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[Her] rhymes… build up echoes that ripple in the air, striking through complacency and stasis

— Linda France, Mslexia

Of late, it seems that a poet’s least reference to science is reason for automatic praise in the glorification of all things interdisciplinary, yet what makes scientific discourse apt here is the book’s pervasive engagement with problems of perception, causation, and narrative

— Carrie Etter, The Times Literary Supplement

A profound sense of human fragility… these are poems that reward the close listening on which they themselves depend

— Olivia Cole, Magma

Copus has great leaping complex visions… But she’s nevertheless reliably attached to reality, to the oddness, the innocent simplicity of things, especially as they relate to humans. … Her poems are structured with immense quiet subtlety… She is particularly good on love, and how it operates

— Rosie Bailey, Envoi

Poems that, for all their formal dexterity, fairly tremble with suppressed emotion… Copus is a poet of relationships, meditating in carefully crafted poems upon their trivial details and their grand designs with equal authority, and offering some important insights into how we make our ways through what Stephen Hawking calls “the dark stuff” of the universe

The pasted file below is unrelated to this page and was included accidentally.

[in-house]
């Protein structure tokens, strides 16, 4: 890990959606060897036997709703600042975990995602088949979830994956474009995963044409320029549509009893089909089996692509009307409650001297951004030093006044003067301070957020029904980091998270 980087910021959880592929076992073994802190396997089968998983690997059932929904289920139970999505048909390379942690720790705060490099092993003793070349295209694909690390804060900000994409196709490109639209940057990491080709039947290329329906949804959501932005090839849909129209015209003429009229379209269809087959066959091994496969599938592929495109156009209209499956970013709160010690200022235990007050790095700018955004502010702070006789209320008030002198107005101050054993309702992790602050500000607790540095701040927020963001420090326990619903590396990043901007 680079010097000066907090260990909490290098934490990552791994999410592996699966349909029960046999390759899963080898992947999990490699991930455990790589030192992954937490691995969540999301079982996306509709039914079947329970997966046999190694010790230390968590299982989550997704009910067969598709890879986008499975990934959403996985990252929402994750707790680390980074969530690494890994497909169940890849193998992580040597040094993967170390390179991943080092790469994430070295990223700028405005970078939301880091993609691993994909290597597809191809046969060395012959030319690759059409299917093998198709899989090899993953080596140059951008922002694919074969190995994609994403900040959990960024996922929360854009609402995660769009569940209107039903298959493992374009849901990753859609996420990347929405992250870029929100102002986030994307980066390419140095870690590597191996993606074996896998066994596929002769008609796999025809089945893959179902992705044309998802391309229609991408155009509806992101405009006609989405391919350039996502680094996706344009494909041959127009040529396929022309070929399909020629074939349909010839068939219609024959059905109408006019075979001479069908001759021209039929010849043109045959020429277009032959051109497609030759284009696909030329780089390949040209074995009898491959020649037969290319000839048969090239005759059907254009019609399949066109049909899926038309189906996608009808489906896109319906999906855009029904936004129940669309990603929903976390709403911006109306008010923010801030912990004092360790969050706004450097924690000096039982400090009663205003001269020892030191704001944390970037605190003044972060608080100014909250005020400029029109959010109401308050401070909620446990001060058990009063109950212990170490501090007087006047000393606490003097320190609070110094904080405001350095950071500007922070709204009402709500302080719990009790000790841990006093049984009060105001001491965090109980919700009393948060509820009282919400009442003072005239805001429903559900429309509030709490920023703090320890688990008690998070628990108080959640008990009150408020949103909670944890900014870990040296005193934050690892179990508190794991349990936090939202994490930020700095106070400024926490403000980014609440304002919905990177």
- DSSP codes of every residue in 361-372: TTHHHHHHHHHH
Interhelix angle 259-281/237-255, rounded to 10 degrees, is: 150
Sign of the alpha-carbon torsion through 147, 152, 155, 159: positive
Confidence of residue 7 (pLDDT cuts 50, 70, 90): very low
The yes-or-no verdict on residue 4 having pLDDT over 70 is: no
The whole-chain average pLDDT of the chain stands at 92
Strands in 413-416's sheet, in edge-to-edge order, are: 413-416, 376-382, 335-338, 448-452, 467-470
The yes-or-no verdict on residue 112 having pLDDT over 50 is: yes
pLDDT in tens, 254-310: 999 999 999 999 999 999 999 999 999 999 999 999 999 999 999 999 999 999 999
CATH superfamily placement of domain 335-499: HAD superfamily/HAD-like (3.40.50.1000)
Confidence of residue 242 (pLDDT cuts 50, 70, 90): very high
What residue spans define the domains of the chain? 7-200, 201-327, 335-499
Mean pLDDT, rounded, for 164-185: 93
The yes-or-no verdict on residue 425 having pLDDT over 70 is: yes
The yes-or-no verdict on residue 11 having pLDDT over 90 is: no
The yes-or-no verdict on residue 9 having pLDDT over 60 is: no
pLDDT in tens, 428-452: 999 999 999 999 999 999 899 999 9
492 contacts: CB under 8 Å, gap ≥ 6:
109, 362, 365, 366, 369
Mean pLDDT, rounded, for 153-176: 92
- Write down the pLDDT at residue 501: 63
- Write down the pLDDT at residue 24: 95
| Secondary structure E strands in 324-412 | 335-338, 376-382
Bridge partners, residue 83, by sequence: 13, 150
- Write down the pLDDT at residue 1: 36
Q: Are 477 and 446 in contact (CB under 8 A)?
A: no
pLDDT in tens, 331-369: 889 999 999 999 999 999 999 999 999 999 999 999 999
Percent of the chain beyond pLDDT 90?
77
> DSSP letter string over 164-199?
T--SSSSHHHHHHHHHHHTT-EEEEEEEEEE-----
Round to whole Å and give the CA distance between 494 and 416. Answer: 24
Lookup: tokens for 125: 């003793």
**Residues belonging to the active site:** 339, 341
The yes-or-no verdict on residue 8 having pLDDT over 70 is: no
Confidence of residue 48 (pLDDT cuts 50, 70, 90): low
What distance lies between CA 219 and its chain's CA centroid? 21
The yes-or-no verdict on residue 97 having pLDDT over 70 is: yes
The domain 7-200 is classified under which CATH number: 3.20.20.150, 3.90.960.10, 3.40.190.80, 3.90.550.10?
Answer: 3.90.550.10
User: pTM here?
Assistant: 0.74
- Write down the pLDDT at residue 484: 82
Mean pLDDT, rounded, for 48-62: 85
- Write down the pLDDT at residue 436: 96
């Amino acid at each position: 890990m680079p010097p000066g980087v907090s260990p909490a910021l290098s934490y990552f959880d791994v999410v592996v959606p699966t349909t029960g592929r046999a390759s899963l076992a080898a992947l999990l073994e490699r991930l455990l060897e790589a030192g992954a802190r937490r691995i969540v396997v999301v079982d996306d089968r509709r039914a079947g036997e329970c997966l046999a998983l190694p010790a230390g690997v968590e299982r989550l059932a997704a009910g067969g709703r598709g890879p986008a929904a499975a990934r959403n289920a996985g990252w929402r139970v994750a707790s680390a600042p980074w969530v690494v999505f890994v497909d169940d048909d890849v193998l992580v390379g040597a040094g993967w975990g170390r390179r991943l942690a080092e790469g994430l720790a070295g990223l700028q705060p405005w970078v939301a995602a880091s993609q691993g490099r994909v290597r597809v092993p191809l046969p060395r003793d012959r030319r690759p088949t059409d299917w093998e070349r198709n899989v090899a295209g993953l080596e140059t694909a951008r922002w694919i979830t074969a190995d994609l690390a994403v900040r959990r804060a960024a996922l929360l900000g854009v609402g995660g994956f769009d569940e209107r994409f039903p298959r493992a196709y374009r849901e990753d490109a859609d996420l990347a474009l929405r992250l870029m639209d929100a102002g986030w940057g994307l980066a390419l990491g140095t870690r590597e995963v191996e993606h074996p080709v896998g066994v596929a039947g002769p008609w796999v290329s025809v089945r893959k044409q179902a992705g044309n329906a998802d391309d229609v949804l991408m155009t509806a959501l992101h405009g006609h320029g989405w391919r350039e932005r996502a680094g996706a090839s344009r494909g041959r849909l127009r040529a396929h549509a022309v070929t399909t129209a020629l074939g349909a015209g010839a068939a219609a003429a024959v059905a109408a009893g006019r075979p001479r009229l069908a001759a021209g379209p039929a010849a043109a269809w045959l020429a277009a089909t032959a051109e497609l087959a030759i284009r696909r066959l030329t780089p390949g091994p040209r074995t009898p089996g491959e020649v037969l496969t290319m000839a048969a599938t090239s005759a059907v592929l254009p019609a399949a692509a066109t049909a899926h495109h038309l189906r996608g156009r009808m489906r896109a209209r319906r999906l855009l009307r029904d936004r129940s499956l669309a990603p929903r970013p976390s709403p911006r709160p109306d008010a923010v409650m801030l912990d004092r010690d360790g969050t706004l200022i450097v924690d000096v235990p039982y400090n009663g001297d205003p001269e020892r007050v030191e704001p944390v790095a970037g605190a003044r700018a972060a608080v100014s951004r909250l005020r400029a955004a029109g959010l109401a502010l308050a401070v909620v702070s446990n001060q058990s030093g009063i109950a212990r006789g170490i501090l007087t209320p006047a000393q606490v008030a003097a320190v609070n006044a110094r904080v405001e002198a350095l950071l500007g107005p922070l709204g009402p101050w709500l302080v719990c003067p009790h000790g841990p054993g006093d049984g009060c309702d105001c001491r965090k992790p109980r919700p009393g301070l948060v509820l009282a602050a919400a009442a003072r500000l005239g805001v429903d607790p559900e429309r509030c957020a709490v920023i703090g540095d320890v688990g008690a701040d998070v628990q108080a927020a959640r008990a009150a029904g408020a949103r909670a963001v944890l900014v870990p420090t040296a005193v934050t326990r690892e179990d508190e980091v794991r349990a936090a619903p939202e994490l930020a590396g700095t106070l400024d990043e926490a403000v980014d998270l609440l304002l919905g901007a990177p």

— John Sears, Pop Matters

Our eventual winner, Julia Copus, had the “read-it-again” factor in spades. It was Simon Armitage who kept bringing us gently back to this poem. Every time, we found something new, something strange
[on the judging of the National Poetry Competition 2002]

— Suzi Feay, The Independent on Sunday

Happily, Bloodaxe is still doing what it does best. Julia Copus’s In Defence of Adultery is the imprint’s most acclaimed title this year

— Keith Bruce, The Glasgow Herald

Few poets can claim to have invented a form – but Julia Copus can… She is an intensely personal poet who also has the instinct, and the means, to project her poems… [Her] ‘metaphysical’ presence of mind, together with the human concerns of the poems, makes Copus’s a very impressive voice indeed

— Maurice Riordan, Poetry Book Society Bulletin

What makes Copus interesting is her robustness – her good ear and well-made lines, and her energetic pursuit of feeling when the mind is “curling / in on itself like the spine of a dog / as it circles a patch of ground to sleep”… These are substantial poems which expand with impressive ease and a willingness to risk dignity

— Lavinia Greenlaw, The Daily Telegraph
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